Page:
The hard part wasn't dodging his way around a crash and then driving to the front of the field at Talladega Superspeedway. That was just instinct for Bubba Wallace. The challenge was the 45 minutes after Wallace took the lead, when the sky opened and he anxiously sat in the rain—hoping, wishing, praying—that NASCAR would call off Monday's rescheduled race and declare him the winner. With a crowd gathered behind his pit stand chanting its support—one man told his 6-year-old son, clad in a Wallace shirt and jumping up and down along the fence, that he was “witnessing history”—NASCAR pulled the plug and Wallace became just the second Black driver to win a race at the Cup Series level, the AP reports.
“Got some credibility to my name now,” said Wallace, a first-time Cup winner in his 143 starts. “I'm just like, ‘Finally, I’m a winner and I'm a winner in the Cup level,' and it's just like ‘Hell yeah!’ It was a huge weight lifted off my shoulders." This was so much more than just a first win. Wallace is the first Black driver to win at the top level of the elite stock car series since Wendell Scott in 1963, a race where he wasn’t declared the victor until long after Buck Baker had already been rewarded the trophy. NASCAR at last presented Scott’s family with his trophy from that race two months ago.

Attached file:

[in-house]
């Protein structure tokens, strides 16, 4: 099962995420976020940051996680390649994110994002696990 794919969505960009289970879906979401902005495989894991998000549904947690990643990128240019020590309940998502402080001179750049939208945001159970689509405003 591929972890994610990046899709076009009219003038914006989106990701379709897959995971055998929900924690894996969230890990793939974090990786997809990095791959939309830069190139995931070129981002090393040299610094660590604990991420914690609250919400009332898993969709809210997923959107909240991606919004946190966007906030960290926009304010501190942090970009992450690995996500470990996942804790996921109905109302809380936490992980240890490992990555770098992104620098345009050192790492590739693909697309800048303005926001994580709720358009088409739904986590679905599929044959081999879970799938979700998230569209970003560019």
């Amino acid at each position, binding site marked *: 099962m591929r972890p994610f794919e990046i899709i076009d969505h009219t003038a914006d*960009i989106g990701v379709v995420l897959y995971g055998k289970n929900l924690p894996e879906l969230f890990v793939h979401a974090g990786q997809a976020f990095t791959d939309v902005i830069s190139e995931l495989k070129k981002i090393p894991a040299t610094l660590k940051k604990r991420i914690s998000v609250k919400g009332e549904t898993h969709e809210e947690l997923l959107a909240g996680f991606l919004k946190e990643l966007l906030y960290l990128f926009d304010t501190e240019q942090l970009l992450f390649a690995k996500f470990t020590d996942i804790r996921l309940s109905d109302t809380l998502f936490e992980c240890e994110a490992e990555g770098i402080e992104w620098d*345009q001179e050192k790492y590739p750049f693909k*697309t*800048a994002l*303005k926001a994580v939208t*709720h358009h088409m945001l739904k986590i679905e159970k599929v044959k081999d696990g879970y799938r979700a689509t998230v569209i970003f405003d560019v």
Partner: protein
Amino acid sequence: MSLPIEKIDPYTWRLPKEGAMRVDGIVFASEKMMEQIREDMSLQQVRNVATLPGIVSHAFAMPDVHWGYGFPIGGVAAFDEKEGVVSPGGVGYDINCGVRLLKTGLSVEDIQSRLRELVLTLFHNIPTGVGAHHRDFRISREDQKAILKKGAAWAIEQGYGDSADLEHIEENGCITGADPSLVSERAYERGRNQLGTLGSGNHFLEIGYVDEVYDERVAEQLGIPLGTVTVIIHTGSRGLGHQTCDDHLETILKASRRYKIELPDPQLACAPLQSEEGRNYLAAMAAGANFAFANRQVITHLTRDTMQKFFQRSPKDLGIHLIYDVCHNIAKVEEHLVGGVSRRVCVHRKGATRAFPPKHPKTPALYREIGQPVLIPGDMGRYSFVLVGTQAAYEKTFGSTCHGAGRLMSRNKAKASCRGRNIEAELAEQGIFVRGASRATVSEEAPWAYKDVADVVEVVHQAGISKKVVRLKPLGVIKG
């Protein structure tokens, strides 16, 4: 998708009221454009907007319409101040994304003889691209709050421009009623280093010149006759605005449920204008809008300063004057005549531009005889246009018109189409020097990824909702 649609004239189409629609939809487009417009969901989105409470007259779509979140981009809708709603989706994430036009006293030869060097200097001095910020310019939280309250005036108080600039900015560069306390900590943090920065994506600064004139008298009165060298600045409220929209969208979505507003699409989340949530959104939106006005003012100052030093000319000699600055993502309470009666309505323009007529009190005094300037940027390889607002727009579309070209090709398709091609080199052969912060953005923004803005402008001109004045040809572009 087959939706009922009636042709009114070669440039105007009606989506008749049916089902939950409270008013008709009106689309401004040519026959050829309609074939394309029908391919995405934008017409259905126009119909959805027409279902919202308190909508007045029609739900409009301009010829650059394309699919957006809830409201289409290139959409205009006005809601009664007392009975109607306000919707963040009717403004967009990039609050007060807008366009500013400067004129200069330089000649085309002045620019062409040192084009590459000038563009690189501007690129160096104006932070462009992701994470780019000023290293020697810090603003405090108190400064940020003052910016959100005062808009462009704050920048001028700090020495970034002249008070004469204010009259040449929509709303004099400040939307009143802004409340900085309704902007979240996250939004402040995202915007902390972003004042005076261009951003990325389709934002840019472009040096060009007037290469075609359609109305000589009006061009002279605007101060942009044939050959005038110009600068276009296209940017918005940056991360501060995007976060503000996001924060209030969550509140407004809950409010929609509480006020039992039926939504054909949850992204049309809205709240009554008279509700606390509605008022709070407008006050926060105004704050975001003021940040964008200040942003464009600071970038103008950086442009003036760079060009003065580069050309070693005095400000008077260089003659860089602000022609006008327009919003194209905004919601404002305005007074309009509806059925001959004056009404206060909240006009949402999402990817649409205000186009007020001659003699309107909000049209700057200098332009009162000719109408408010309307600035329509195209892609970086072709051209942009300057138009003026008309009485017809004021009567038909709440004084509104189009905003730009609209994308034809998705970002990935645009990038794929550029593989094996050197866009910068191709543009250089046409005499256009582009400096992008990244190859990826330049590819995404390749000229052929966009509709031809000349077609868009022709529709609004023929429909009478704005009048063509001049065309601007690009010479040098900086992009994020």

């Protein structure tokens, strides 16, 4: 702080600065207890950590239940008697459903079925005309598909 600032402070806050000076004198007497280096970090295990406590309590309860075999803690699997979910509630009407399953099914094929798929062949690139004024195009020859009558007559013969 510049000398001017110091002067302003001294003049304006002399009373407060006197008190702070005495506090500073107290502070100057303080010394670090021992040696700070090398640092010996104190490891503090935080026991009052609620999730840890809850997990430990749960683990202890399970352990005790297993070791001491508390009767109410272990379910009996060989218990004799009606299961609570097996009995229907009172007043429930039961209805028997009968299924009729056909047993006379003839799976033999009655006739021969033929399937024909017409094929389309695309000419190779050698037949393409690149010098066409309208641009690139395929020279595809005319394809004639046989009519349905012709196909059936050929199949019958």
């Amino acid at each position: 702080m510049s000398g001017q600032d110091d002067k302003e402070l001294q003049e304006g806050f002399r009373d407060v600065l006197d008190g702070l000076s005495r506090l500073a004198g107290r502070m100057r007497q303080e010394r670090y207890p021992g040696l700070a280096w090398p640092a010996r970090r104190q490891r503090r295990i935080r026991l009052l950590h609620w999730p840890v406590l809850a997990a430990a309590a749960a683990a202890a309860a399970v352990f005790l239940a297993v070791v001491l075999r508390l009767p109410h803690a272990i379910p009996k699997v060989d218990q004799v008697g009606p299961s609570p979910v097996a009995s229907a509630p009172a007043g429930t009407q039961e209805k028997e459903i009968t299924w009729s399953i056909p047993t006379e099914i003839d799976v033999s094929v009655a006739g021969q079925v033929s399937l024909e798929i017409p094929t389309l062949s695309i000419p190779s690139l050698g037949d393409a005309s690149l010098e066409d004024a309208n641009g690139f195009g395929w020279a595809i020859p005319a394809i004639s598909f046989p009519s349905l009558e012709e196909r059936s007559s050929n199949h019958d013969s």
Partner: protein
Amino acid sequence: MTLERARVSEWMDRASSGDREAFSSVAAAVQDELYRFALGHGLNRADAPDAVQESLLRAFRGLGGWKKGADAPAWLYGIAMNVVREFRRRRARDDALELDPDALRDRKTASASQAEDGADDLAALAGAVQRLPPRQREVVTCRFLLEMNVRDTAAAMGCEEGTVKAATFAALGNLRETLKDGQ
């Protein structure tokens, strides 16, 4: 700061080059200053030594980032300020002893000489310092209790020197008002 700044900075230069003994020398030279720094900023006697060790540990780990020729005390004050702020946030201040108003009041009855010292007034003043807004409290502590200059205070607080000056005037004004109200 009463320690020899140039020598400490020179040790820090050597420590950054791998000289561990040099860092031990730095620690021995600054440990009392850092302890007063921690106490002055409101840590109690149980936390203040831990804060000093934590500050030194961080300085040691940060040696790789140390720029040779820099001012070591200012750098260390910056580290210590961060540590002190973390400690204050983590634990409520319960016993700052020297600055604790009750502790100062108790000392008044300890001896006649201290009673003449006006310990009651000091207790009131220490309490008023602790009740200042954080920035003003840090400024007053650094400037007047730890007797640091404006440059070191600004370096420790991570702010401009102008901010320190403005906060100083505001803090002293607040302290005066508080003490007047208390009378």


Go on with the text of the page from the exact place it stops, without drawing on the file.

The Wallace victory earned praise from Scott's family, rapper Big Sean, the University of Tennessee football team and Bill Lester, a Black driver who raced intermittently in NASCAR from 1999 through a Trucks Series start this season, among others. The race was spotlighted on NBC's Nightly News at the top of Monday's broadcast, illustrating how culturally important Wallace's win was for NASCAR, a predominately white sport with deep Southern roots and a longtime embrace of Confederate symbols. (Much more on the race here, as well as Wallace and his fellow drivers' reaction to the "haters.")